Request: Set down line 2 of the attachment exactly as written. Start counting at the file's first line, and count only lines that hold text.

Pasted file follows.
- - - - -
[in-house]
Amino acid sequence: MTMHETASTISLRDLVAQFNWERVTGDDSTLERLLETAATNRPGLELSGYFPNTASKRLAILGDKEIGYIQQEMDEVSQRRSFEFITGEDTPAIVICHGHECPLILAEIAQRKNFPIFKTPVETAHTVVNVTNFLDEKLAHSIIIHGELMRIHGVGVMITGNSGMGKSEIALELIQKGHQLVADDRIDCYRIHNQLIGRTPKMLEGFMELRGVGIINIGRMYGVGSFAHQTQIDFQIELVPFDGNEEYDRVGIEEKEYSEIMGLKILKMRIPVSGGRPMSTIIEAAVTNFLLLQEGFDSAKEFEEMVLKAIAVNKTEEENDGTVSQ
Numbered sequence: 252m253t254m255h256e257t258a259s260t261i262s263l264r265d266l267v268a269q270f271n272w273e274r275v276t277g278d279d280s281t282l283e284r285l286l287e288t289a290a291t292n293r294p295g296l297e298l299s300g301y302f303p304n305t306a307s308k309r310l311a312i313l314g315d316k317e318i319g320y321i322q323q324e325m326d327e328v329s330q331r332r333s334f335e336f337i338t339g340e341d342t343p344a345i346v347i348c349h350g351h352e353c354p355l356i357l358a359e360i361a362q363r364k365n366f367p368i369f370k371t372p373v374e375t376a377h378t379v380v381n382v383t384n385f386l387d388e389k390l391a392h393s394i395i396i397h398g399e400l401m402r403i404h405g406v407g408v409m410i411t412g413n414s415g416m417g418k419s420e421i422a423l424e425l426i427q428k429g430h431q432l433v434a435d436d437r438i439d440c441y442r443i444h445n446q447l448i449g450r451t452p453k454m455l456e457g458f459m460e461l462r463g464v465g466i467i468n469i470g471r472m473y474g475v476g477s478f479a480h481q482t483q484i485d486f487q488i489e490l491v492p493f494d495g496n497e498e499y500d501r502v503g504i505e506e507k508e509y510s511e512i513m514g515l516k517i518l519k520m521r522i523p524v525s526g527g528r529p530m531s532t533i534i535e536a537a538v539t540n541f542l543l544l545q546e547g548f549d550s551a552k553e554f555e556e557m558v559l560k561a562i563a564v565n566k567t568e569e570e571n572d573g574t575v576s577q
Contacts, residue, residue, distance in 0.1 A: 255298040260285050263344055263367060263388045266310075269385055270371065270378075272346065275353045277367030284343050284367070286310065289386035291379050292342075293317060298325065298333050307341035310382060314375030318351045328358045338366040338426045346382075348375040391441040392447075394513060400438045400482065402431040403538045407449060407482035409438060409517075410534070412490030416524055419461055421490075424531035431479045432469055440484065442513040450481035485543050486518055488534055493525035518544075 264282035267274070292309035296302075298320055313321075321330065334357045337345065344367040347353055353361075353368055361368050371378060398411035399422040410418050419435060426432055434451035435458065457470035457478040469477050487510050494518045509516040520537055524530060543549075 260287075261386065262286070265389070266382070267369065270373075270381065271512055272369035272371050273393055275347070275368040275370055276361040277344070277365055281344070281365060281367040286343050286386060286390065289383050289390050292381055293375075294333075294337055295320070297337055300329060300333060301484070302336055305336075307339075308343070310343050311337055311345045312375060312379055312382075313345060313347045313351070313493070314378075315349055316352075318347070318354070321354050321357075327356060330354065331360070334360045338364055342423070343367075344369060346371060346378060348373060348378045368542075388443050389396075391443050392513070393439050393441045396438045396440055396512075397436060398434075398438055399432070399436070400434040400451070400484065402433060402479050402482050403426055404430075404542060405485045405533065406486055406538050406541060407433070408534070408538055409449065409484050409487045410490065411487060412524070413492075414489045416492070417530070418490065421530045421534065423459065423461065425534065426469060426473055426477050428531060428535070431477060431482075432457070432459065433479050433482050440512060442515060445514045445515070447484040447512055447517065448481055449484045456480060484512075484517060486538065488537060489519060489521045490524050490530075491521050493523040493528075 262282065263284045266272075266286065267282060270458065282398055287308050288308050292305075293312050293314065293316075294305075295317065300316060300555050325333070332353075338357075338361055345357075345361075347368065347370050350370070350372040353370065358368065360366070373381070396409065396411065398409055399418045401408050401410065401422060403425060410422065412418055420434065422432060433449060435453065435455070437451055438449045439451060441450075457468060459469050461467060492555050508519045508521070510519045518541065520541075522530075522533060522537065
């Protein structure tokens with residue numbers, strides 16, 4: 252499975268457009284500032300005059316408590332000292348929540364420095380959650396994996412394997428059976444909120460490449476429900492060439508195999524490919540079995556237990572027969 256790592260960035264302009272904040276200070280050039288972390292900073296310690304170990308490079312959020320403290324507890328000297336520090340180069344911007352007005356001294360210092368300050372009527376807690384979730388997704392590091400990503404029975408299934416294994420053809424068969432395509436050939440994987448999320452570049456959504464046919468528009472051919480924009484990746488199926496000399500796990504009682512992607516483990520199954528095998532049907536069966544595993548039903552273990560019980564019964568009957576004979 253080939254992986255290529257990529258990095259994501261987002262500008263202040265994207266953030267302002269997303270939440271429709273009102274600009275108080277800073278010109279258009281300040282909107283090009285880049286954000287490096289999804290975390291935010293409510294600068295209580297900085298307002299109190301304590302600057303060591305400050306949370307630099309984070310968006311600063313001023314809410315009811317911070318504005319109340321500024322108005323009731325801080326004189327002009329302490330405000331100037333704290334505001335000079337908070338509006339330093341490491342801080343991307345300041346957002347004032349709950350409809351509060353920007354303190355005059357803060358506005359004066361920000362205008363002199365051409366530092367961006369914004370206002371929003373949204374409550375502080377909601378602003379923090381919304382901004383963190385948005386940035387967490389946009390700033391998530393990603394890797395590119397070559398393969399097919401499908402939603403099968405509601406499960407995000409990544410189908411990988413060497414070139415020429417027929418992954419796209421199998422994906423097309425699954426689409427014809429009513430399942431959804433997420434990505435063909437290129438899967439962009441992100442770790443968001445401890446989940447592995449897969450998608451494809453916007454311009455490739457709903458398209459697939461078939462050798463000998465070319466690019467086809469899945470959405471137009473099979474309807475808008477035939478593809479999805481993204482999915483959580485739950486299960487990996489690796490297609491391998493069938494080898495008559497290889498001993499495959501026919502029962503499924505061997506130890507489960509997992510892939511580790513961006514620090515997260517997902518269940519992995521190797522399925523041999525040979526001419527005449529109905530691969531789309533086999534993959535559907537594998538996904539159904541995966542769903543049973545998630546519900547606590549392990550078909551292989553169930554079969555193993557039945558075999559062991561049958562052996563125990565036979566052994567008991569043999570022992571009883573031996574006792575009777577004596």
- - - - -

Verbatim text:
Amino acid sequence: MTMHETASTISLRDLVAQFNWERVTGDDSTLERLLETAATNRPGLELSGYFPNTASKRLAILGDKEIGYIQQEMDEVSQRRSFEFITGEDTPAIVICHGHECPLILAEIAQRKNFPIFKTPVETAHTVVNVTNFLDEKLAHSIIIHGELMRIHGVGVMITGNSGMGKSEIALELIQKGHQLVADDRIDCYRIHNQLIGRTPKMLEGFMELRGVGIINIGRMYGVGSFAHQTQIDFQIELVPFDGNEEYDRVGIEEKEYSEIMGLKILKMRIPVSGGRPMSTIIEAAVTNFLLLQEGFDSAKEFEEMVLKAIAVNKTEEENDGTVSQ